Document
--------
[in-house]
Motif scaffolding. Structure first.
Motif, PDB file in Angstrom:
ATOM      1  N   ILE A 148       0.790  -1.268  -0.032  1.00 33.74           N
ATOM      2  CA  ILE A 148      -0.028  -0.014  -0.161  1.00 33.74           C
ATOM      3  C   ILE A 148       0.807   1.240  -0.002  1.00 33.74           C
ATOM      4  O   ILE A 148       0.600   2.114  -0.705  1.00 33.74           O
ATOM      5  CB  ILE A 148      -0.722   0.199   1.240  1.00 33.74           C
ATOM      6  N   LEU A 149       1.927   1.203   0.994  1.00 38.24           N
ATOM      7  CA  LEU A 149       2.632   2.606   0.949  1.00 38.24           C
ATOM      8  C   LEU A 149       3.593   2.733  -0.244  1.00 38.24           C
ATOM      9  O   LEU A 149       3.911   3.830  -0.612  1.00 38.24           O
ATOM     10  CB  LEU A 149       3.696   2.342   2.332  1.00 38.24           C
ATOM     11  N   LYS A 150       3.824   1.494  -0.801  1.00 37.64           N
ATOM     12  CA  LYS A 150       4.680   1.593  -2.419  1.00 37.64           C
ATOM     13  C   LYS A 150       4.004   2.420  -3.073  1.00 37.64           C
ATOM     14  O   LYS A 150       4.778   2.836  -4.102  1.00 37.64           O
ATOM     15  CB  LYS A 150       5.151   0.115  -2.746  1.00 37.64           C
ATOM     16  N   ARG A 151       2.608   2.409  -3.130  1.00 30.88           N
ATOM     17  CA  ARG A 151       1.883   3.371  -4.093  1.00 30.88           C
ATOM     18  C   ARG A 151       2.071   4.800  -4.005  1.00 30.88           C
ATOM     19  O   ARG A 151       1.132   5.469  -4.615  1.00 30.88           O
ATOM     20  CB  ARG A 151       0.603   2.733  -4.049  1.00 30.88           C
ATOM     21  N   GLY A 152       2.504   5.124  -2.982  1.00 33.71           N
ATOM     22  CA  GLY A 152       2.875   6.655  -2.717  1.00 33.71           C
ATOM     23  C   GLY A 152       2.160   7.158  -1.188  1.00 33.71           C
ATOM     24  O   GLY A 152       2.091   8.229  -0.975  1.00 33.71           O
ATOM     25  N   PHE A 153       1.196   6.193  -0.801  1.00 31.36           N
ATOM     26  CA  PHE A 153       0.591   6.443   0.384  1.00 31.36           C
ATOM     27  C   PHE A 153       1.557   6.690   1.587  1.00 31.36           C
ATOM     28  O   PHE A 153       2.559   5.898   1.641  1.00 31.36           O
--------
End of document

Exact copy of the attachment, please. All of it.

[in-house]
Motif scaffolding. Structure first.
Motif, PDB file in Angstrom:
ATOM      1  N   ILE A 148       0.790  -1.268  -0.032  1.00 33.74           N
ATOM      2  CA  ILE A 148      -0.028  -0.014  -0.161  1.00 33.74           C
ATOM      3  C   ILE A 148       0.807   1.240  -0.002  1.00 33.74           C
ATOM      4  O   ILE A 148       0.600   2.114  -0.705  1.00 33.74           O
ATOM      5  CB  ILE A 148      -0.722   0.199   1.240  1.00 33.74           C
ATOM      6  N   LEU A 149       1.927   1.203   0.994  1.00 38.24           N
ATOM      7  CA  LEU A 149       2.632   2.606   0.949  1.00 38.24           C
ATOM      8  C   LEU A 149       3.593   2.733  -0.244  1.00 38.24           C
ATOM      9  O   LEU A 149       3.911   3.830  -0.612  1.00 38.24           O
ATOM     10  CB  LEU A 149       3.696   2.342   2.332  1.00 38.24           C
ATOM     11  N   LYS A 150       3.824   1.494  -0.801  1.00 37.64           N
ATOM     12  CA  LYS A 150       4.680   1.593  -2.419  1.00 37.64           C
ATOM     13  C   LYS A 150       4.004   2.420  -3.073  1.00 37.64           C
ATOM     14  O   LYS A 150       4.778   2.836  -4.102  1.00 37.64           O
ATOM     15  CB  LYS A 150       5.151   0.115  -2.746  1.00 37.64           C
ATOM     16  N   ARG A 151       2.608   2.409  -3.130  1.00 30.88           N
ATOM     17  CA  ARG A 151       1.883   3.371  -4.093  1.00 30.88           C
ATOM     18  C   ARG A 151       2.071   4.800  -4.005  1.00 30.88           C
ATOM     19  O   ARG A 151       1.132   5.469  -4.615  1.00 30.88           O
ATOM     20  CB  ARG A 151       0.603   2.733  -4.049  1.00 30.88           C
ATOM     21  N   GLY A 152       2.504   5.124  -2.982  1.00 33.71           N
ATOM     22  CA  GLY A 152       2.875   6.655  -2.717  1.00 33.71           C
ATOM     23  C   GLY A 152       2.160   7.158  -1.188  1.00 33.71           C
ATOM     24  O   GLY A 152       2.091   8.229  -0.975  1.00 33.71           O
ATOM     25  N   PHE A 153       1.196   6.193  -0.801  1.00 31.36           N
ATOM     26  CA  PHE A 153       0.591   6.443   0.384  1.00 31.36           C
ATOM     27  C   PHE A 153       1.557   6.690   1.587  1.00 31.36           C
ATOM     28  O   PHE A 153       2.559   5.898   1.641  1.00 31.36           O